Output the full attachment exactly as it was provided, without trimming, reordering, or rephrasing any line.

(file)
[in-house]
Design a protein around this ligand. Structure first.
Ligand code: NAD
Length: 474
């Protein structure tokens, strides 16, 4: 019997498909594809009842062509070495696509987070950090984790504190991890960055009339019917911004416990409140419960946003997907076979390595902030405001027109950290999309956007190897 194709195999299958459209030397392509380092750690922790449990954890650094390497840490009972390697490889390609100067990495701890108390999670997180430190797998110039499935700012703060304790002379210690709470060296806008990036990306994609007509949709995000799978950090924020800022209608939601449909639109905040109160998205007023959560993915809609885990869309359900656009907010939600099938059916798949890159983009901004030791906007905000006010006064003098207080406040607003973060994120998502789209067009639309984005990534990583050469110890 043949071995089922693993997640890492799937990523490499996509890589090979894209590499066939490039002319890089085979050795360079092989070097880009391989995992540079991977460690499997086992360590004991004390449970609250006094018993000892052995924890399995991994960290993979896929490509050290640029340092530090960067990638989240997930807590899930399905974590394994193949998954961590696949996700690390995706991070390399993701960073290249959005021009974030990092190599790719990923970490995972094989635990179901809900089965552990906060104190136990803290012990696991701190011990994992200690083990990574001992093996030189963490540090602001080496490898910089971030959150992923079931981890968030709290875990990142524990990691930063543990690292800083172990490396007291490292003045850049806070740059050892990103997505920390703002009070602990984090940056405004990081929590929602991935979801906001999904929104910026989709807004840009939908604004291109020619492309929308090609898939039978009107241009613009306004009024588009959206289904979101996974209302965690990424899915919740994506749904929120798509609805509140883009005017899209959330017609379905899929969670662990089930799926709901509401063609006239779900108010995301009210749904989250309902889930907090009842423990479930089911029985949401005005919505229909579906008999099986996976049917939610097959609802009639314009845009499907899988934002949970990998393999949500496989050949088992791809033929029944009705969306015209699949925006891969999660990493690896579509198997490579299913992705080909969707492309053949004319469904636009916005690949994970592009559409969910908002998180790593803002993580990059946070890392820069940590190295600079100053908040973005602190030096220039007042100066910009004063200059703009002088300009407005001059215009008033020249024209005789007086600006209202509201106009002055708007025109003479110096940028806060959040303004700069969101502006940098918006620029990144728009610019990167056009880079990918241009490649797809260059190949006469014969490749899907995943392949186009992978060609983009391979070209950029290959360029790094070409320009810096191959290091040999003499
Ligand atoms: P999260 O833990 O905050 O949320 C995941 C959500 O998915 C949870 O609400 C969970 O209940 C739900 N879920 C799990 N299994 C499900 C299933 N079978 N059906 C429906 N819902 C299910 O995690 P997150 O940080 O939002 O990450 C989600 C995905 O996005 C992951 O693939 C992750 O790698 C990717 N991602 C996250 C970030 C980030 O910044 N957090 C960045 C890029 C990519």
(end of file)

[in-house]
Design a protein around this ligand. Structure first.
Ligand code: NAD
Length: 474
């Protein structure tokens, strides 16, 4: 019997498909594809009842062509070495696509987070950090984790504190991890960055009339019917911004416990409140419960946003997907076979390595902030405001027109950290999309956007190897 194709195999299958459209030397392509380092750690922790449990954890650094390497840490009972390697490889390609100067990495701890108390999670997180430190797998110039499935700012703060304790002379210690709470060296806008990036990306994609007509949709995000799978950090924020800022209608939601449909639109905040109160998205007023959560993915809609885990869309359900656009907010939600099938059916798949890159983009901004030791906007905000006010006064003098207080406040607003973060994120998502789209067009639309984005990534990583050469110890 043949071995089922693993997640890492799937990523490499996509890589090979894209590499066939490039002319890089085979050795360079092989070097880009391989995992540079991977460690499997086992360590004991004390449970609250006094018993000892052995924890399995991994960290993979896929490509050290640029340092530090960067990638989240997930807590899930399905974590394994193949998954961590696949996700690390995706991070390399993701960073290249959005021009974030990092190599790719990923970490995972094989635990179901809900089965552990906060104190136990803290012990696991701190011990994992200690083990990574001992093996030189963490540090602001080496490898910089971030959150992923079931981890968030709290875990990142524990990691930063543990690292800083172990490396007291490292003045850049806070740059050892990103997505920390703002009070602990984090940056405004990081929590929602991935979801906001999904929104910026989709807004840009939908604004291109020619492309929308090609898939039978009107241009613009306004009024588009959206289904979101996974209302965690990424899915919740994506749904929120798509609805509140883009005017899209959330017609379905899929969670662990089930799926709901509401063609006239779900108010995301009210749904989250309902889930907090009842423990479930089911029985949401005005919505229909579906008999099986996976049917939610097959609802009639314009845009499907899988934002949970990998393999949500496989050949088992791809033929029944009705969306015209699949925006891969999660990493690896579509198997490579299913992705080909969707492309053949004319469904636009916005690949994970592009559409969910908002998180790593803002993580990059946070890392820069940590190295600079100053908040973005602190030096220039007042100066910009004063200059703009002088300009407005001059215009008033020249024209005789007086600006209202509201106009002055708007025109003479110096940028806060959040303004700069969101502006940098918006620029990144728009610019990167056009880079990918241009490649797809260059190949006469014969490749899907995943392949186009992978060609983009391979070209950029290959360029790094070409320009810096191959290091040999003499
Ligand atoms: P999260 O833990 O905050 O949320 C995941 C959500 O998915 C949870 O609400 C969970 O209940 C739900 N879920 C799990 N299994 C499900 C299933 N079978 N059906 C429906 N819902 C299910 O995690 P997150 O940080 O939002 O990450 C989600 C995905 O996005 C992951 O693939 C992750 O790698 C990717 N991602 C996250 C970030 C980030 O910044 N957090 C960045 C890029 C990519």